Labor Day: Doing what we were created for

Today’s readings: Genesis 1:26 – 2:3, Psalm 128, Matthew 6:31-34

I want you to know some of the evils of seminary. On Labor Day of every year I was in seminary, we were at school. Last year, we even had classes on Labor Day. The Academic Dean obviously didn’t let today’s Scripture readings permeate into his heart. But that’s another homily!

Today, we’ve gathered to celebrate and bless human labor. Human labor is a cornerstone of our society and our world, dating all the way back to the creation of the world, as today’s first reading shows us. Whatever we believe about the creation of the world, – that, too is another homily – we know that at its completion God sanctified the whole of it through rest. And that’s an important point that I think we maybe don’t get the way we should.

According to an article I read recently, 60 percent of Americans don’t plan to take a vacation any time in the next six months, the lowest rate since 1978. Last year, a study revealed that 36 percent of all US citizens don’t plan to use all their allotted days off. Those who do take vacations, the article said, increasingly find that they are sitting on the beach next to their laptops, palm pilots and cell phones. I guess their families won’t be coming with them!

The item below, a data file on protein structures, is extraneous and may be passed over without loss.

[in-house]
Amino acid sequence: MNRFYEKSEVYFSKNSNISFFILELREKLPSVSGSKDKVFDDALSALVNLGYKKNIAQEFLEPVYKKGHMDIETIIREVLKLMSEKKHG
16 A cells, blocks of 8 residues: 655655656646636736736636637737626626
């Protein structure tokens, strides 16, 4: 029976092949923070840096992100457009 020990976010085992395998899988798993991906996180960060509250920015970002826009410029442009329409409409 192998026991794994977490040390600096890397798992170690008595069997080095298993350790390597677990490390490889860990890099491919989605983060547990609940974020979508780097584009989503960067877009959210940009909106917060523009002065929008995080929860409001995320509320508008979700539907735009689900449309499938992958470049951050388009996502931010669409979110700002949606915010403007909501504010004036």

Jesus tells us in today’s Gospel that this kind of thing is just crazy. Worrying about work isn’t going to add a single moment to our lifespan. In fact, it will more likely reduce them. We are told very clearly: “Do not worry about tomorrow; tomorrow will take care of itself. Sufficient for a day is its own evil.”

We are certainly required to work hard and always give the best that we have to our employers or employees. That’s a matter of justice. It’s also a participation, the Church tells us, in the work of creation. Work is sacred and always has been, because, as the Genesis reading today shows us, work was instituted by God who told us to fill the earth and subdue it, having dominion over every living thing. We work because it is a sharing in what we were created for, the very imitation of God.

But there is that matter of balance. And we do have to step back and realize that God did indeed sanctify the whole of creation by blessing it with that seventh day, with that day of rest. And so we do our spiritual lives no favors when we ignore the commandment to observe the Sabbath through rest and worship. So much of our lives is consumed in labor; may we never fail to sanctify that labor by observing rest and worship.

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